‘I could die’: Cancer patient asks public to follow COVID-19 guidelines
Cancer patients’ immune systems compromised, making virus a bigger threat
SAN ANTONIO – This is a stressful time for everyone due to the coronavirus pandemic, but that anxiety is heightened for people who have life-threatening diseases like cancer.
Doctors are adjusting their systems to make it safer for those patients to get treatment, but that's only one piece of the puzzle.
A San Antonio cancer patient wants her community members to know she’s trusting them with her life.
In September, Juanita Gray, a grandmother, was diagnosed with HER2 positive carcinoma of the right breast.
“I did chemotherapy up until January 14. I had surgery February 20 and I had a radical double mastectomy,” Gray said.
Next week she starts radiation every day for five weeks, at the Mays Cancer Center run by UT Health San Antonio and MD Anderson.
The center is overhauling services to keep patients safe. In part, that means Gray won’t sit in waiting rooms.
“Patients wait in their car and then when it’s time for them to get their treatment, give them a text. Then, they’re guided into a door that goes into radiation therapy. Then they get back in their car and drive away,” said Mays Cancer Center Director Dr. Ruben Mesa.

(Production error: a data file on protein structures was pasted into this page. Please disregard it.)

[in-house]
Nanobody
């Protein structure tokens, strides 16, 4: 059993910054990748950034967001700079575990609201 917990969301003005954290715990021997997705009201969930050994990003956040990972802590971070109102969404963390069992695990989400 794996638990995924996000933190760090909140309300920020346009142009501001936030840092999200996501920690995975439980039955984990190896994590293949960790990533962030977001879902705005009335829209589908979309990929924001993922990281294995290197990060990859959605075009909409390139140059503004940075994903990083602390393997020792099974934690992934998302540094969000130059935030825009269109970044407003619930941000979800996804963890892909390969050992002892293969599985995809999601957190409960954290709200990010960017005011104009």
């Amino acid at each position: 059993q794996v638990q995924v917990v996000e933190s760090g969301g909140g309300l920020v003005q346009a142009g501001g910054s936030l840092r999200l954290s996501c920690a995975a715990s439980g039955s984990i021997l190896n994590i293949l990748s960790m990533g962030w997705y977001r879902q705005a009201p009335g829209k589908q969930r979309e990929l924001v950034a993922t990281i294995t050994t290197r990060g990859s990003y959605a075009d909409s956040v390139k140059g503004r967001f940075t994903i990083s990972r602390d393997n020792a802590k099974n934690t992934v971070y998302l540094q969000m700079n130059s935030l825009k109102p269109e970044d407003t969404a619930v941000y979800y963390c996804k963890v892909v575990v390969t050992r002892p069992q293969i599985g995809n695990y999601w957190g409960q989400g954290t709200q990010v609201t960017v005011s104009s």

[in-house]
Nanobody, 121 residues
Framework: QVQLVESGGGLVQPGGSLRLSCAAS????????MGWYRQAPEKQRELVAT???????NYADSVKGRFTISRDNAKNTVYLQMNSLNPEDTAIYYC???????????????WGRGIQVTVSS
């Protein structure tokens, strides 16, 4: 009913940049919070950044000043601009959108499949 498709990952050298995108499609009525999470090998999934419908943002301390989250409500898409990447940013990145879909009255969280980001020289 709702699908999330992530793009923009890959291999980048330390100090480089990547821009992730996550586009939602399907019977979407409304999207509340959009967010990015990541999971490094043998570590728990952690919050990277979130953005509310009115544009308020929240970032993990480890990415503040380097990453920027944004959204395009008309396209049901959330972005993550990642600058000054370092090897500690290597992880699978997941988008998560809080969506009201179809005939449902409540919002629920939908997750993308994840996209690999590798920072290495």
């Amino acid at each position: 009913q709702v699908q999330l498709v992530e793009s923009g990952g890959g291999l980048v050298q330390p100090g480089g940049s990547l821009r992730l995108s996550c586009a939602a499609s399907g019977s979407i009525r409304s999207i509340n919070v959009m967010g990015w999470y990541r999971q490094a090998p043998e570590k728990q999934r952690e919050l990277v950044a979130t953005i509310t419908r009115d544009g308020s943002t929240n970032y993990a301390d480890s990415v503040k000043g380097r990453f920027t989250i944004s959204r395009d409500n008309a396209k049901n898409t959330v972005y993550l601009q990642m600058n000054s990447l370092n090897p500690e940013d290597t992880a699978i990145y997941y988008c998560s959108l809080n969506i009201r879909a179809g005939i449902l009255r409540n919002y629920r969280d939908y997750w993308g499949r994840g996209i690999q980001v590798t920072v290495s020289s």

- Mesa said that’s one of many measures the center is taking. Others include:
- Doctors are using tele-medicine for many consultations and follow up appointments
- For necessary in-person appointments, they’re screening both patients and staff
- There is a separate, isolated entrance and elevator for patients feeling sick
- All faculty and staff who are not involved in patient care that day are working from home
“We’ve always operated around teams, called Tumor Boards, where doctors of different specialties get together and they talk about a patient’s care. Those are also now electronic. That team-based approach is still ongoing, but we have zero meetings where people are getting together around a table,” Mesa said.
As part of social distancing, Gray isn’t allowed to have visitors with her at appointments, but she’s OK with that, knowing it could save lives.
She’s pleading with the public to understand the severity of the virus, saying she worries people aren’t taking COVID-19 seriously enough.
“They could potentially kill me,” she said. “I could get the virus and I don’t have the immune system that I had before, because the chemotherapy took all of that away trying to kill the cancer that I have. So if they don’t take it seriously, I could die.”
Gray said she loves San Antonio and is keeping the faith that people will think of her and other cancer patients, when they’re following COVID-19 guidelines.
COVID-19, the respiratory disease caused by the new virus, stands for coronavirus disease 2019. The disease first appeared in late 2019 in Wuhan, China, but spread around the world in early 2020, causing the World Health Organization to declare a pandemic in March.
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